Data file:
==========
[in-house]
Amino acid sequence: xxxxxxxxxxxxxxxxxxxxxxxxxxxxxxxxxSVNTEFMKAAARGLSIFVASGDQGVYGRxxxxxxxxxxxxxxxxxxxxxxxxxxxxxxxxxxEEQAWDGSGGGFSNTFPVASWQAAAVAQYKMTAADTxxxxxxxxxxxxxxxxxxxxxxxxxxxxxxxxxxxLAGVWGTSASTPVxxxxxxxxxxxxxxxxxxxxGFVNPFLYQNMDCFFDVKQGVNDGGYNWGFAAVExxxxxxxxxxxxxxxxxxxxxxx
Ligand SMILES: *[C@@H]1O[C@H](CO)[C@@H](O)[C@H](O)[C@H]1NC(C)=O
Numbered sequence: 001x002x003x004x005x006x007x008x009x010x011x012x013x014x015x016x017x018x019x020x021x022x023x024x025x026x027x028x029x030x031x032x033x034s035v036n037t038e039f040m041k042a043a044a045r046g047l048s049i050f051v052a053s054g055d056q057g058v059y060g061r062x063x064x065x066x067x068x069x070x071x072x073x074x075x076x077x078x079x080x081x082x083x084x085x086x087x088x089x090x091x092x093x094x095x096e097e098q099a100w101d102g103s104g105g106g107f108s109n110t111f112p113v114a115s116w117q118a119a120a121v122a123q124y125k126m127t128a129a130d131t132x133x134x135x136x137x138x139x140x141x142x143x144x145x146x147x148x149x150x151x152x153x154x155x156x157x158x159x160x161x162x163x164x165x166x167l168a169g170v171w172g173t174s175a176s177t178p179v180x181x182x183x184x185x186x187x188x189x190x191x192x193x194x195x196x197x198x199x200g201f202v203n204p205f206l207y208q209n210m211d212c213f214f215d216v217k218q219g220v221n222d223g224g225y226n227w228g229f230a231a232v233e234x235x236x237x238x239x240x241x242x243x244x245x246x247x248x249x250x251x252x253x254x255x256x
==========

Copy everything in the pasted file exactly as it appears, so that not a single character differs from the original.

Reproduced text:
[in-house]
Amino acid sequence: xxxxxxxxxxxxxxxxxxxxxxxxxxxxxxxxxSVNTEFMKAAARGLSIFVASGDQGVYGRxxxxxxxxxxxxxxxxxxxxxxxxxxxxxxxxxxEEQAWDGSGGGFSNTFPVASWQAAAVAQYKMTAADTxxxxxxxxxxxxxxxxxxxxxxxxxxxxxxxxxxxLAGVWGTSASTPVxxxxxxxxxxxxxxxxxxxxGFVNPFLYQNMDCFFDVKQGVNDGGYNWGFAAVExxxxxxxxxxxxxxxxxxxxxxx
Ligand SMILES: *[C@@H]1O[C@H](CO)[C@@H](O)[C@H](O)[C@H]1NC(C)=O
Numbered sequence: 001x002x003x004x005x006x007x008x009x010x011x012x013x014x015x016x017x018x019x020x021x022x023x024x025x026x027x028x029x030x031x032x033x034s035v036n037t038e039f040m041k042a043a044a045r046g047l048s049i050f051v052a053s054g055d056q057g058v059y060g061r062x063x064x065x066x067x068x069x070x071x072x073x074x075x076x077x078x079x080x081x082x083x084x085x086x087x088x089x090x091x092x093x094x095x096e097e098q099a100w101d102g103s104g105g106g107f108s109n110t111f112p113v114a115s116w117q118a119a120a121v122a123q124y125k126m127t128a129a130d131t132x133x134x135x136x137x138x139x140x141x142x143x144x145x146x147x148x149x150x151x152x153x154x155x156x157x158x159x160x161x162x163x164x165x166x167l168a169g170v171w172g173t174s175a176s177t178p179v180x181x182x183x184x185x186x187x188x189x190x191x192x193x194x195x196x197x198x199x200g201f202v203n204p205f206l207y208q209n210m211d212c213f214f215d216v217k218q219g220v221n222d223g224g225y226n227w228g229f230a231a232v233e234x235x236x237x238x239x240x241x242x243x244x245x246x247x248x249x250x251x252x253x254x255x256x